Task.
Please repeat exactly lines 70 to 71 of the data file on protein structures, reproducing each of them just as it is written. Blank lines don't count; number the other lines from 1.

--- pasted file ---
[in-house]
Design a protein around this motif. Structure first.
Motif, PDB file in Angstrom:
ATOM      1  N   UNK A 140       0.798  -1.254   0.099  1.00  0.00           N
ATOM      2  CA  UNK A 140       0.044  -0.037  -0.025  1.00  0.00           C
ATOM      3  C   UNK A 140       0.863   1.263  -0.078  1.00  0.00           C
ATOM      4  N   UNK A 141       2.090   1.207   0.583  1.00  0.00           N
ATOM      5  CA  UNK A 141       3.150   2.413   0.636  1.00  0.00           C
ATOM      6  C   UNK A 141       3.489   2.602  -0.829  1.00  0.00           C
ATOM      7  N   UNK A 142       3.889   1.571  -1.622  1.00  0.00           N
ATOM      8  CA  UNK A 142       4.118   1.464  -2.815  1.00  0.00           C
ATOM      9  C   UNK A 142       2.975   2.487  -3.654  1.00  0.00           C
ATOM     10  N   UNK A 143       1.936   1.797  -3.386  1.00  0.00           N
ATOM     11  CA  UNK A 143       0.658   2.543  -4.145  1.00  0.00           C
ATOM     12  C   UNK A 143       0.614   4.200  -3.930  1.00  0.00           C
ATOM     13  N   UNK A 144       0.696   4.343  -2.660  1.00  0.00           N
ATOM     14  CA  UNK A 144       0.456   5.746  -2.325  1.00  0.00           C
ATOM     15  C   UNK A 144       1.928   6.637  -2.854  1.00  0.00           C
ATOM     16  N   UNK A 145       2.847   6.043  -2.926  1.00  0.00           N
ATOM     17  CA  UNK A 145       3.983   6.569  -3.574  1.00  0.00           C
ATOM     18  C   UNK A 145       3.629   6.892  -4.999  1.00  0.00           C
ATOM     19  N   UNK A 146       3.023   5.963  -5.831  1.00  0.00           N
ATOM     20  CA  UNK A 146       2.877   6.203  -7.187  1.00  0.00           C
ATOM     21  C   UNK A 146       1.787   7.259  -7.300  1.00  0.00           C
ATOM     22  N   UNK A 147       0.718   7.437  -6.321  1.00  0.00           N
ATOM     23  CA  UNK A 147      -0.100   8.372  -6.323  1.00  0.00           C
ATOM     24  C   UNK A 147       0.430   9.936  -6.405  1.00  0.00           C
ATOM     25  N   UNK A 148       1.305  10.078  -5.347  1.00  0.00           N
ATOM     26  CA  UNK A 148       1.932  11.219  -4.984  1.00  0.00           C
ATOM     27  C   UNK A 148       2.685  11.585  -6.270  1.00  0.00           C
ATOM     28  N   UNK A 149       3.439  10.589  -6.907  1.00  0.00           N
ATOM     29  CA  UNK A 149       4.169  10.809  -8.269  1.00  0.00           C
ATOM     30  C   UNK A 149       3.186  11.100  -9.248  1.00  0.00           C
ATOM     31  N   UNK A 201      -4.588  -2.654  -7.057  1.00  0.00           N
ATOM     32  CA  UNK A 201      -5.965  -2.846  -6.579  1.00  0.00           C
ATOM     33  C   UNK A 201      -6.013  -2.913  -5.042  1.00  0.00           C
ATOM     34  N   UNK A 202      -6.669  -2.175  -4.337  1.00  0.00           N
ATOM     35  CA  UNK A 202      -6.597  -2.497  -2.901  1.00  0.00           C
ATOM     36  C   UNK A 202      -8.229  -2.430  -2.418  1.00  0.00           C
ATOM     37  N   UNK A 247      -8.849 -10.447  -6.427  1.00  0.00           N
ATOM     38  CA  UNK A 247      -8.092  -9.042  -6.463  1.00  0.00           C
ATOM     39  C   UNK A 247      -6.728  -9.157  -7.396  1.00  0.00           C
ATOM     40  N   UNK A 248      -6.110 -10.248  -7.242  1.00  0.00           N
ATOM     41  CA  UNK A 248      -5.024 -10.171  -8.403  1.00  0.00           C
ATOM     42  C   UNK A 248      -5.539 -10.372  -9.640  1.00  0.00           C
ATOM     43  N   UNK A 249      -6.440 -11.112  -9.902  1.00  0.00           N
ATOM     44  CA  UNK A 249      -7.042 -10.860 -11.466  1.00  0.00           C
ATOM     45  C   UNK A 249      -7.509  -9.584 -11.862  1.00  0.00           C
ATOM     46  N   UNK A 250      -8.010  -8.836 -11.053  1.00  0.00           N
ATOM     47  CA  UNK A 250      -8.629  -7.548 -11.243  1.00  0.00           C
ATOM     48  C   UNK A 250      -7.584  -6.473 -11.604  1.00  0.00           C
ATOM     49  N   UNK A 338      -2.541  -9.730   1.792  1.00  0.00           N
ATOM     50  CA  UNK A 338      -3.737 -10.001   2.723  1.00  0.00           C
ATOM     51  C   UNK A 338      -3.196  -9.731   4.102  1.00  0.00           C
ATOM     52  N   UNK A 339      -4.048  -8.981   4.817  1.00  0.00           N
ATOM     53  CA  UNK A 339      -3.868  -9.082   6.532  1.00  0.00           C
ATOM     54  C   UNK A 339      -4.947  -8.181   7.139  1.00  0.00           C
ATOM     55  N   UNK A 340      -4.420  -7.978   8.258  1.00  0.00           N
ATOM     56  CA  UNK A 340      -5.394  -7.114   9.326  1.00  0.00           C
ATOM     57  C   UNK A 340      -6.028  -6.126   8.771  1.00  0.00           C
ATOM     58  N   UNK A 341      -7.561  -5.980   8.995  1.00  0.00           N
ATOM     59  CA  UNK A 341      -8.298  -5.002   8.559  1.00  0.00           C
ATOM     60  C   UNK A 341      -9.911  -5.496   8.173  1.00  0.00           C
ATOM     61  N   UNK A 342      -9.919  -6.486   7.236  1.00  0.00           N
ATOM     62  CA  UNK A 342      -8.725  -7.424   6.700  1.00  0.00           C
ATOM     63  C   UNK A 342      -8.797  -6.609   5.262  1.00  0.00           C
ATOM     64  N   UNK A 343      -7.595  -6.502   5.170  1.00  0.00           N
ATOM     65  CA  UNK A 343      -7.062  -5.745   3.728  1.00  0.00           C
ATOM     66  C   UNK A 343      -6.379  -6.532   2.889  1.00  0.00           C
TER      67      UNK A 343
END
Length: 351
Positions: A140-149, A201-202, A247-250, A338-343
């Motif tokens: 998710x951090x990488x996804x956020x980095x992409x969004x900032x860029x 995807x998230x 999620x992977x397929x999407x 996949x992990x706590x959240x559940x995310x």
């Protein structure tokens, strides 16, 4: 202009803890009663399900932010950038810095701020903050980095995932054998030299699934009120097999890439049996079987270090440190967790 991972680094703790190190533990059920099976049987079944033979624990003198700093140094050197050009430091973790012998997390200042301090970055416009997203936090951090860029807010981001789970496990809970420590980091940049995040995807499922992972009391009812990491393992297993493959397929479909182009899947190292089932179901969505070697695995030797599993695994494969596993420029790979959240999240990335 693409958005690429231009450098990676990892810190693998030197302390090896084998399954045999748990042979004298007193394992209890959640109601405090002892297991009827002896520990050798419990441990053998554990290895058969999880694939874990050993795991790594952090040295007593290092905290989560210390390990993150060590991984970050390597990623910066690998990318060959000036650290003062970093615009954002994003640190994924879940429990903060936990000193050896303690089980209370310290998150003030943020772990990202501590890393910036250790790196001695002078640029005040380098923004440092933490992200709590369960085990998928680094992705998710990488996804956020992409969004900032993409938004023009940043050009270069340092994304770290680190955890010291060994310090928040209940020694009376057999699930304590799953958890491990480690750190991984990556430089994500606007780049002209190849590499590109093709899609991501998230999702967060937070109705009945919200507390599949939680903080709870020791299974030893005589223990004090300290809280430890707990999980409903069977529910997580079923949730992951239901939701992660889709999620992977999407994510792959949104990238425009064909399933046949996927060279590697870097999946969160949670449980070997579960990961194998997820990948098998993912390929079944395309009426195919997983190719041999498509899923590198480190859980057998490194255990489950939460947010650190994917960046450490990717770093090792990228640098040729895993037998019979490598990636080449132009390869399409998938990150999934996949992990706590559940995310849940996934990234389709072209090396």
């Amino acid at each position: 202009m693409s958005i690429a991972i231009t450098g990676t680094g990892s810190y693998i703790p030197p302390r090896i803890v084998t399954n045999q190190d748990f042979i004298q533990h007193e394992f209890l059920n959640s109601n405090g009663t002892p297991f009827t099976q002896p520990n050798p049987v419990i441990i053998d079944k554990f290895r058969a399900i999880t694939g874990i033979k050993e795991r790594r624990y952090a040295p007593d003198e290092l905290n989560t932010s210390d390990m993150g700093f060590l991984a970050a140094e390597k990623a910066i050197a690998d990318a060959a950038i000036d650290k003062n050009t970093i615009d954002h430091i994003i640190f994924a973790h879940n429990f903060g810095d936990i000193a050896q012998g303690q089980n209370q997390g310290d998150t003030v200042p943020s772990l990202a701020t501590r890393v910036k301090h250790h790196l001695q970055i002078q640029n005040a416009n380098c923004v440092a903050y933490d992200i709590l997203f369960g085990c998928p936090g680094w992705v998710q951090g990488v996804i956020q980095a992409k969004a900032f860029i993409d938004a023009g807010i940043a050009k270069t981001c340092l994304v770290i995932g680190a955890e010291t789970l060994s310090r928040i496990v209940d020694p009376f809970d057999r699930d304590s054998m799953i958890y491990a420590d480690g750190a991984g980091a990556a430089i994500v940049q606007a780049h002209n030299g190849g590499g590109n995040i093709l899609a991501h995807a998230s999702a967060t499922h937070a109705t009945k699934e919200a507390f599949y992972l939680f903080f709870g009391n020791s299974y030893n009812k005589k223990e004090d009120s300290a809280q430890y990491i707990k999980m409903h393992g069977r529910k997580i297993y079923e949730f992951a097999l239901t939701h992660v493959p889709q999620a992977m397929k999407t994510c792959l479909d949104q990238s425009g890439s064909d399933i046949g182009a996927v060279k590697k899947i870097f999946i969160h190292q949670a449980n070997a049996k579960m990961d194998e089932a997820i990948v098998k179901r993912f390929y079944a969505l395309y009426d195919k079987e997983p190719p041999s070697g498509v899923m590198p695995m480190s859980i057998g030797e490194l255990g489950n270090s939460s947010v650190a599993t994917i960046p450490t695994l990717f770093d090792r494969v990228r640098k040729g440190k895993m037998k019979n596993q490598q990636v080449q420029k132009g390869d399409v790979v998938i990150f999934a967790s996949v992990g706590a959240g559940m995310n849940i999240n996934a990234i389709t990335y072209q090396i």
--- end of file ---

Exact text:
TER      67      UNK A 343
END